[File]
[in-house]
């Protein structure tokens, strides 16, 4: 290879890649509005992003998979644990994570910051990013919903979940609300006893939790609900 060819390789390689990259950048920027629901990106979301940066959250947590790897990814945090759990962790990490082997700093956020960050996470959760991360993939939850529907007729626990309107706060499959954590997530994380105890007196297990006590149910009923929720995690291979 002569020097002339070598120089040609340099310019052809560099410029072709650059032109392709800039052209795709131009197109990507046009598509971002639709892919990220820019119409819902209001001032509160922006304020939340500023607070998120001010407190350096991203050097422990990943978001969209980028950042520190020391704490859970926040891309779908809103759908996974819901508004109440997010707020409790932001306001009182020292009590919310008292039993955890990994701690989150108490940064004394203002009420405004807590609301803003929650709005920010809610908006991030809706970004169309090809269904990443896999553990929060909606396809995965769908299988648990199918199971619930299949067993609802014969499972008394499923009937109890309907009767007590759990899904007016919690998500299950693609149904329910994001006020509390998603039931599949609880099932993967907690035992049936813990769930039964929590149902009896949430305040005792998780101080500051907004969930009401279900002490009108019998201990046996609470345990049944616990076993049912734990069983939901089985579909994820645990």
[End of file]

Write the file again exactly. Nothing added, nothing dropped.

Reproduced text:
[in-house]
């Protein structure tokens, strides 16, 4: 290879890649509005992003998979644990994570910051990013919903979940609300006893939790609900 060819390789390689990259950048920027629901990106979301940066959250947590790897990814945090759990962790990490082997700093956020960050996470959760991360993939939850529907007729626990309107706060499959954590997530994380105890007196297990006590149910009923929720995690291979 002569020097002339070598120089040609340099310019052809560099410029072709650059032109392709800039052209795709131009197109990507046009598509971002639709892919990220820019119409819902209001001032509160922006304020939340500023607070998120001010407190350096991203050097422990990943978001969209980028950042520190020391704490859970926040891309779908809103759908996974819901508004109440997010707020409790932001306001009182020292009590919310008292039993955890990994701690989150108490940064004394203002009420405004807590609301803003929650709005920010809610908006991030809706970004169309090809269904990443896999553990929060909606396809995965769908299988648990199918199971619930299949067993609802014969499972008394499923009937109890309907009767007590759990899904007016919690998500299950693609149904329910994001006020509390998603039931599949609880099932993967907690035992049936813990769930039964929590149902009896949430305040005792998780101080500051907004969930009401279900002490009108019998201990046996609470345990049944616990076993049912734990069983939901089985579909994820645990």